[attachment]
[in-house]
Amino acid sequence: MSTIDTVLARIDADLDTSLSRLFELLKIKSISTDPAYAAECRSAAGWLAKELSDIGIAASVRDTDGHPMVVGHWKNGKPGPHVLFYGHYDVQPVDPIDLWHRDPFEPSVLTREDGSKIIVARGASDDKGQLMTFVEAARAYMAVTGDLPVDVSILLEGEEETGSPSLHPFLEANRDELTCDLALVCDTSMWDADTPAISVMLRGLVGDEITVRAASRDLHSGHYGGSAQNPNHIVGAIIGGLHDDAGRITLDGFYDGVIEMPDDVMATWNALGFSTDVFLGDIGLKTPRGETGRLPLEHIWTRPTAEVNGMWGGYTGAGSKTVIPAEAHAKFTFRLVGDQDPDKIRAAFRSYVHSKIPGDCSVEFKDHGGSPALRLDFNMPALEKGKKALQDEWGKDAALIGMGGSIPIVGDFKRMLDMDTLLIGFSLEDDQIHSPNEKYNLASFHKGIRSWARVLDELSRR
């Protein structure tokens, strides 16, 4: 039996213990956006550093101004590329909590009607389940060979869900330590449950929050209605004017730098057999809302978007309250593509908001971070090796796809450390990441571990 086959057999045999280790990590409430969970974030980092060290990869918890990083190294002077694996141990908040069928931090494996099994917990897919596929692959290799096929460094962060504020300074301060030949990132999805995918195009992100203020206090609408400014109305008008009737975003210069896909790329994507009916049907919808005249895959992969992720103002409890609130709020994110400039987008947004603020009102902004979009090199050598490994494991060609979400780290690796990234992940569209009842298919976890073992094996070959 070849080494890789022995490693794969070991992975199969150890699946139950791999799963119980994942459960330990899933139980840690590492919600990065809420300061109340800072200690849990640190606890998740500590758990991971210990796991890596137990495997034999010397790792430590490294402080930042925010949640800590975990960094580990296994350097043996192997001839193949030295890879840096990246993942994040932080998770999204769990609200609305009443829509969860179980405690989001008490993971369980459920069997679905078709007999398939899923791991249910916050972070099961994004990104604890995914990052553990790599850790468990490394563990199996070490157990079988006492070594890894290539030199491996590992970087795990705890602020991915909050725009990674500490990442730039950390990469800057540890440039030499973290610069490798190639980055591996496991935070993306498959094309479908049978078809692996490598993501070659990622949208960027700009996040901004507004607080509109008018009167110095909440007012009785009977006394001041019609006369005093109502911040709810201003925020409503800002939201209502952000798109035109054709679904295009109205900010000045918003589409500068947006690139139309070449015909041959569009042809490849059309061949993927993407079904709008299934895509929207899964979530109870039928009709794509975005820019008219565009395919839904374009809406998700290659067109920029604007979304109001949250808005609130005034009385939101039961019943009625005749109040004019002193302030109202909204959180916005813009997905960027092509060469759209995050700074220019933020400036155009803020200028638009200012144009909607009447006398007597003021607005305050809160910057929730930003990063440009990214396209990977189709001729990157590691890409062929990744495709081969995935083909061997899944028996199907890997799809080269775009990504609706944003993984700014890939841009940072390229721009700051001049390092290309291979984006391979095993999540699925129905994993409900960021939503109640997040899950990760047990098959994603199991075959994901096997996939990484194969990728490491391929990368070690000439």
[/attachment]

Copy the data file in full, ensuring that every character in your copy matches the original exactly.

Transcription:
[in-house]
Amino acid sequence: MSTIDTVLARIDADLDTSLSRLFELLKIKSISTDPAYAAECRSAAGWLAKELSDIGIAASVRDTDGHPMVVGHWKNGKPGPHVLFYGHYDVQPVDPIDLWHRDPFEPSVLTREDGSKIIVARGASDDKGQLMTFVEAARAYMAVTGDLPVDVSILLEGEEETGSPSLHPFLEANRDELTCDLALVCDTSMWDADTPAISVMLRGLVGDEITVRAASRDLHSGHYGGSAQNPNHIVGAIIGGLHDDAGRITLDGFYDGVIEMPDDVMATWNALGFSTDVFLGDIGLKTPRGETGRLPLEHIWTRPTAEVNGMWGGYTGAGSKTVIPAEAHAKFTFRLVGDQDPDKIRAAFRSYVHSKIPGDCSVEFKDHGGSPALRLDFNMPALEKGKKALQDEWGKDAALIGMGGSIPIVGDFKRMLDMDTLLIGFSLEDDQIHSPNEKYNLASFHKGIRSWARVLDELSRR
């Protein structure tokens, strides 16, 4: 039996213990956006550093101004590329909590009607389940060979869900330590449950929050209605004017730098057999809302978007309250593509908001971070090796796809450390990441571990 086959057999045999280790990590409430969970974030980092060290990869918890990083190294002077694996141990908040069928931090494996099994917990897919596929692959290799096929460094962060504020300074301060030949990132999805995918195009992100203020206090609408400014109305008008009737975003210069896909790329994507009916049907919808005249895959992969992720103002409890609130709020994110400039987008947004603020009102902004979009090199050598490994494991060609979400780290690796990234992940569209009842298919976890073992094996070959 070849080494890789022995490693794969070991992975199969150890699946139950791999799963119980994942459960330990899933139980840690590492919600990065809420300061109340800072200690849990640190606890998740500590758990991971210990796991890596137990495997034999010397790792430590490294402080930042925010949640800590975990960094580990296994350097043996192997001839193949030295890879840096990246993942994040932080998770999204769990609200609305009443829509969860179980405690989001008490993971369980459920069997679905078709007999398939899923791991249910916050972070099961994004990104604890995914990052553990790599850790468990490394563990199996070490157990079988006492070594890894290539030199491996590992970087795990705890602020991915909050725009990674500490990442730039950390990469800057540890440039030499973290610069490798190639980055591996496991935070993306498959094309479908049978078809692996490598993501070659990622949208960027700009996040901004507004607080509109008018009167110095909440007012009785009977006394001041019609006369005093109502911040709810201003925020409503800002939201209502952000798109035109054709679904295009109205900010000045918003589409500068947006690139139309070449015909041959569009042809490849059309061949993927993407079904709008299934895509929207899964979530109870039928009709794509975005820019008219565009395919839904374009809406998700290659067109920029604007979304109001949250808005609130005034009385939101039961019943009625005749109040004019002193302030109202909204959180916005813009997905960027092509060469759209995050700074220019933020400036155009803020200028638009200012144009909607009447006398007597003021607005305050809160910057929730930003990063440009990214396209990977189709001729990157590691890409062929990744495709081969995935083909061997899944028996199907890997799809080269775009990504609706944003993984700014890939841009940072390229721009700051001049390092290309291979984006391979095993999540699925129905994993409900960021939503109640997040899950990760047990098959994603199991075959994901096997996939990484194969990728490491391929990368070690000439």